A year and a half after Ed Sheeran received the “absolute honor” of eating pie and chatting about his native Yorkshire with “one of [his] favorite artists of all time,” David Hockney has bestowed another gift upon the singer, who’s previously described Hockney as the first introduction to art that he “really connected to” as a child. Earlier this week, Sheeran shared that Hockney had created a portrait of him out of charcoal and crayon, all four-by-three feet of which is now on display in the artist’s 21st solo exhibition at the L.A. Louver in Venice, California.
Apparently, Hockney is quite the fan of the fellow Yorkshirer (or at least those who organized the exhibition are). Not only did Sheeran make the cut, but he did so alongside some of Hockney’s esteemed colleagues: the writer, curator, and director of the David Hockney Foundation, Charlie Scheips, and Hockney’s own technology assistant, Jonathan Wilkinson, who’s presumably the one that maintains Hockney’s collection of iPads.
This latest honor comes just over a year after Prince Charles awarded Sheeran—or, we should say, Ed Sheeran MBE—with the title of Member of the Order of the British Empire (though only after asking him if he “was still selling lots of records”). And that’s not all: Michael Bublé’s recently proclaimed Sheeran to be his dream duet partner, describing him as “a beautiful guy,” and his single “Shape of You” was announced to have tied for the longest tenure in the 260-year history of Hot 100’s Top 10.
Altogether, there’s no doubt that those distinctions have eased Sheeran’s recovery from the near death experience he suffered when Princess Beatrice accidentally slashed his face with a sword, shortly after he “got hammered and cracked Justin Bieber in the face with a golf club.” (Not to mention a boost of confidence following the widespread criticism of his cameo on Game of Thrones, which led him to delete his Twitter account, just in time before he embarks on the 51 dates of his upcoming world tour.)
Hockney, who recently became the world’s most expensive living artist may be in his eighties, but he clearly isn’t slowing down any time soon. In addition to Sheeran’s flaming red hair and bulky frames, he also managed to perfectly capture the singer’s many tattoos. And by “perfectly,” we mean by forgoing depicting the enormous illustration of a lion that covers Sheeran’s chest and keeping the motifs abstract. Even Hockney, it seems, didn’t want to besmirch one of his canvaess with the likeness of Puss in Boots, Heinz ketchup label, disembodied Lego head, and many more of the oddities that adorn Sheeran’s forearms. (Though the singer’s homage to Taylor Swift’s 2012 album Red did make the cut.)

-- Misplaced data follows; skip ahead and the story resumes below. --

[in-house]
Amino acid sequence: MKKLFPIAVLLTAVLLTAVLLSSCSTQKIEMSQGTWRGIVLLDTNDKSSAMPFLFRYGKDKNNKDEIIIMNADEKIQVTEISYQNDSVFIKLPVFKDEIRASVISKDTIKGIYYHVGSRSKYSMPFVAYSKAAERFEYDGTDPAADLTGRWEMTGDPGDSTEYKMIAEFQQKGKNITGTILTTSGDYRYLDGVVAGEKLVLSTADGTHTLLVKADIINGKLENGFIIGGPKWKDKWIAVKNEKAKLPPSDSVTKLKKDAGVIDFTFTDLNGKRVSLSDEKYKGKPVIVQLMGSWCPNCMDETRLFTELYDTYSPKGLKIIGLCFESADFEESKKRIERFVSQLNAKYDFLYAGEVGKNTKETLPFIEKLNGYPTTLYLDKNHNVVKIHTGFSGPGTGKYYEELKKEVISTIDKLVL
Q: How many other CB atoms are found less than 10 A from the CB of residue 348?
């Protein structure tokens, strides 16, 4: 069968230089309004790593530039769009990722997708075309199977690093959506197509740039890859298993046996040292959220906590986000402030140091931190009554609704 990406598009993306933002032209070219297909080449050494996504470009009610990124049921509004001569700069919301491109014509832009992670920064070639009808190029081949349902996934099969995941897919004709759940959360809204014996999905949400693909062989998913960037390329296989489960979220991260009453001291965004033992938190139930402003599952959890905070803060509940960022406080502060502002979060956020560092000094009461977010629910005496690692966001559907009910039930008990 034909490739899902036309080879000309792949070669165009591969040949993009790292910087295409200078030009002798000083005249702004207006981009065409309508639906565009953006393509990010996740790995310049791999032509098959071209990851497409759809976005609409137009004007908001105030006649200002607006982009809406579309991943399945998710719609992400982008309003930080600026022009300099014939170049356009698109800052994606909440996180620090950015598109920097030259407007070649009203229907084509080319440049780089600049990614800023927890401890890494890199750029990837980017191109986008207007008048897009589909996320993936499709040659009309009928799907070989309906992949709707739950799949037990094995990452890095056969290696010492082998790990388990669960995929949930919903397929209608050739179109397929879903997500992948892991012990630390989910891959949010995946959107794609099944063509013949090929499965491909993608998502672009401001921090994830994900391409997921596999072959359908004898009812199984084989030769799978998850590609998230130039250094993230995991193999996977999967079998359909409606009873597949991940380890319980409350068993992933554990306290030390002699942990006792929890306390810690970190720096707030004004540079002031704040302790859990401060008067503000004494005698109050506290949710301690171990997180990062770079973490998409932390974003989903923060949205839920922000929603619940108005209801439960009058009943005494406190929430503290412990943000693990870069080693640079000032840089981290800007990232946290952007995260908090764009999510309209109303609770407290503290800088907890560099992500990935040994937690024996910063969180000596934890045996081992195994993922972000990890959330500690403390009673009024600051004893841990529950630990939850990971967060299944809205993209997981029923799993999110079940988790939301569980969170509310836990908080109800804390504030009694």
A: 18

Then again, Sheeran isn’t the only one to get special treatment from Hockney as of late. In celebration of his 80th birthday, Hockney created just over 80 portraits of his friends and family for the show, which perplexingly enough, includes one of Bruno Mars.
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David Hockney on the set of Ubu Roi‘ at the Royal Court Theatre, London, 1966.
David Hockney in a studio with his work, ca. 1967.
David Hockney with one of his beloved dachshunds, date unknown.
David Hockney, 1969.
David Hockney, date unknown.
David Hockney, 1972.
David Hockney in the set of The Rake’s Progress, which he designed for the Glyndebourne Opera Festival, 1975.
David Hockney in front of one of his paintings in his studio, 1980.
David Hockney in an oversized flower planter, 1980.
David Hockney in Los Angeles, 1980s.
David Hockney painting, 1985.
David Hockney at his exhibition preview at Emmerich Gallery in New York, ca. 1986.
David Hockney in Los Angeles, 1987.
David Hockney with one of his beloved dachschunds in Los Angeles, 1988.
David Hockney at a Christie’s reception for Billy Wilder’s art collection in the Beverly Hills Hotel, 1989.
David Hockney with his dogs on the terrace of his beach house in Malibu, 1991.
David Hockney at the exhibition “Flowers and Faces” in London, 1997.
David Hockney in front of a giant poster at the 2016 Frankfurt Book Fair in Frankfurt, 2016.
David Hockney at a private viewing of his retrospective at the Tate Britain in London, February 2017.